I picked the biological approach as the most useful in studying medical anthropology and health. It is difficult to pick a single approach to this field, because all of the approaches discussed in the video lecture (biological, ecological, ethnomedical, critical, and applied) seem to have their own merit and own benefits. I chose the biological approach because it encompasses a person’s genetic makeup, environment, and personal health choices as contributing factors to health. All of these factors greatly impact health. A person’s genetics is important as related to what they have inherited, as well as the relation of certain diseases to a gene or set of genes. Environment complements a person’s genetic makeup and can impact health either positively or negatively. Lastly, a person’s own choices regarding their health are a huge factor, especially when considering “risky” health behaviors such as drug use.
The distinction between disease and illness is not obvious to me. As working definitions for this class, disease is the outward clinical sign of altered physical function, while illness is a person’s experience and perception of their health. I feel that both disease and illness are seen through a cultural context; their uses and definitions depend on the practices of the surrounding culture.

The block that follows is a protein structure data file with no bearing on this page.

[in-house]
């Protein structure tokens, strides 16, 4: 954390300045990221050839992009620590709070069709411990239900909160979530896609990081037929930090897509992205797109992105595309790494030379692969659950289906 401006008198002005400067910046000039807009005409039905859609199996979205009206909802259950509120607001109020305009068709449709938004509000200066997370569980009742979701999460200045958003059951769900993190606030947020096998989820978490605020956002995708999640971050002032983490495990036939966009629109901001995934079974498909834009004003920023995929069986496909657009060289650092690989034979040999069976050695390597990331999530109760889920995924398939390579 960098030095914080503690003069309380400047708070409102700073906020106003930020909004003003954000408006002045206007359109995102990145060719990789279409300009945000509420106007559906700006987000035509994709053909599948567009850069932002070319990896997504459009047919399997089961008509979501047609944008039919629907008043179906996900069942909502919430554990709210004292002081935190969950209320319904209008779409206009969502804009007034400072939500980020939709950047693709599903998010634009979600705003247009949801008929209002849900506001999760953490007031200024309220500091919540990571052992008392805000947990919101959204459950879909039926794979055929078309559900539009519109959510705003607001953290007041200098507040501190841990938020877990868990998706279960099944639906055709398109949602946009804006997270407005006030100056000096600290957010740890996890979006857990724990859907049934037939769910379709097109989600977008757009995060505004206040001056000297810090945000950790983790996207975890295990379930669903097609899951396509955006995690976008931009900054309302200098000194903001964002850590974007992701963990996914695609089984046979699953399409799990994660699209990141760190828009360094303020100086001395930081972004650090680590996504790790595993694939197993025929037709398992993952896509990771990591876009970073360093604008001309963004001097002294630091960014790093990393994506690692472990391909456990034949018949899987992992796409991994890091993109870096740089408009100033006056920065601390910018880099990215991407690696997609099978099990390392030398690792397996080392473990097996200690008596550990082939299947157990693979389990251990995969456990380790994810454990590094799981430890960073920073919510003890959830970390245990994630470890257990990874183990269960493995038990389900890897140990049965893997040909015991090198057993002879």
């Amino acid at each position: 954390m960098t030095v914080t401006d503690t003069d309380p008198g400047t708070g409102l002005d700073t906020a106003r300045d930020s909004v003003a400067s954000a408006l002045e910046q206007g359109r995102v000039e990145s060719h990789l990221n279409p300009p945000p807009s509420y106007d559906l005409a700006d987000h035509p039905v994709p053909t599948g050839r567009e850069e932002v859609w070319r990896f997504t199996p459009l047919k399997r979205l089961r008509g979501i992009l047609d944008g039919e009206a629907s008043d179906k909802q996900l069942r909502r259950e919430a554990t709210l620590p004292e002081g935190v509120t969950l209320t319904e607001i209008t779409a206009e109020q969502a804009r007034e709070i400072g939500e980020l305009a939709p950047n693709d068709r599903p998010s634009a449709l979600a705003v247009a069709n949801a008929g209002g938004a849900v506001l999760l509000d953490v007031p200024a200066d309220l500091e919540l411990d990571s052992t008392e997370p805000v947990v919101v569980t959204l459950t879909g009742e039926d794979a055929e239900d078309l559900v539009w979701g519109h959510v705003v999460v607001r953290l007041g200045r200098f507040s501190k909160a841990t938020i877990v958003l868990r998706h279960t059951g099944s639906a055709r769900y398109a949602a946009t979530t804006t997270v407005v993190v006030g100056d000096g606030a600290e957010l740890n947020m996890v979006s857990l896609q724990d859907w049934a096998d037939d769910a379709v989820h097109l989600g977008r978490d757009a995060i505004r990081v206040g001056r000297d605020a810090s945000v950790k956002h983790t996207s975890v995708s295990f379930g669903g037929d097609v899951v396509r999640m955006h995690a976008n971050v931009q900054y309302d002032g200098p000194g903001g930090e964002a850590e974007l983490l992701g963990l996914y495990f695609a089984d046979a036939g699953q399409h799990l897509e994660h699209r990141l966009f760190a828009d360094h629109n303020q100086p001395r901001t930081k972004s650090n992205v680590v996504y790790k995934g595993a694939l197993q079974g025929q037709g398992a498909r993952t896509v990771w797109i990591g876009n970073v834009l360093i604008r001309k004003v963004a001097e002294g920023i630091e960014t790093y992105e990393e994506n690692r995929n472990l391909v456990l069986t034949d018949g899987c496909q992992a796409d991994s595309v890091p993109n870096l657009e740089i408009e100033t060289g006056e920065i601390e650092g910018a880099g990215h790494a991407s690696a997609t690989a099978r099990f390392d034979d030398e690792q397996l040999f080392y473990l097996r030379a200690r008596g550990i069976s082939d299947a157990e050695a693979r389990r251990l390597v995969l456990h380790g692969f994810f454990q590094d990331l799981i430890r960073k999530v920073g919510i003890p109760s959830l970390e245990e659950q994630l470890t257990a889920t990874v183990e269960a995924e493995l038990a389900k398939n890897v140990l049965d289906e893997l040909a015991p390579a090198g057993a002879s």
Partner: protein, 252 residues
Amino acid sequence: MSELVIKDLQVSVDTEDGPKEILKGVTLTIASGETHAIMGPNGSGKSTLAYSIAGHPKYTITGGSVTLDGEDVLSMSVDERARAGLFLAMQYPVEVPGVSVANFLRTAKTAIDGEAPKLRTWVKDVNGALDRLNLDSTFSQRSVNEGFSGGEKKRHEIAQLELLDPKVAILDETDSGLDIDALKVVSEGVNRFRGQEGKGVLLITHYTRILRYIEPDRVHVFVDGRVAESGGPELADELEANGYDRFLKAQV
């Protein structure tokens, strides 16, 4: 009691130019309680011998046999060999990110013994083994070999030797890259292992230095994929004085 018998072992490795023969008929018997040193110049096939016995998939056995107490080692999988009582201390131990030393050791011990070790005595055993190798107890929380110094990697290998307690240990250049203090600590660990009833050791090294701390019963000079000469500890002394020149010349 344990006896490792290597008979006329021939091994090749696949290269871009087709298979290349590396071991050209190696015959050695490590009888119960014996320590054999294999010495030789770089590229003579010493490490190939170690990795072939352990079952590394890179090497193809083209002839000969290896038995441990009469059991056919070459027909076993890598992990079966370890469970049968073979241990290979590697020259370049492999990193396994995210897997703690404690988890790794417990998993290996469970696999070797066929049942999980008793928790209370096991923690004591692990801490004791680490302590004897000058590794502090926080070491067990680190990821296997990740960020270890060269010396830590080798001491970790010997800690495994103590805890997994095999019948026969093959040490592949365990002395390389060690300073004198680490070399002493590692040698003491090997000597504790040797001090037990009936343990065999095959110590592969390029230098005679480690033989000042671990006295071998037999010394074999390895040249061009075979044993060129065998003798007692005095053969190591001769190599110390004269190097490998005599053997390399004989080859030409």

In his article about the Nacirema culture, Miner is discussing the American culture. I really didn’t realize this until I read the article a second time, and now it seems perfectly clear! It’s interesting to re-read his article and pick up the references I didn’t before.
One ritual in the Nacirema article is the use of the box or chest built into the wall of the family’s shrine. I think here Miner is referring to a medicine cupboard or bathroom cabinet, in which the family places “charms” from “medicine men”, or in other words pharmaceuticals and other supplements from physicians. This could tell us that the culture is obsessed with avoiding illness and feels the need for special potions to do so. Another ritual Miner discusses is that medicine men decide what the ingredients in the curative potions should be, but do not provide them directly to clients. Similarly, patient doesn’t receive medication directly from a physician, but generally gets it from a pharmacist. This shows that the culture allows only a few individuals to hold the “secret” medical knowledge, and that a person must visit many to remain healthy. Lastly, Miner discusses the refusal of the person to dispose of the charm after its use. This shows the somewhat paranoid attitude of the culture, in which the person assumes they will be ill again at some point, but isn’t always comfortable using the particular charm again.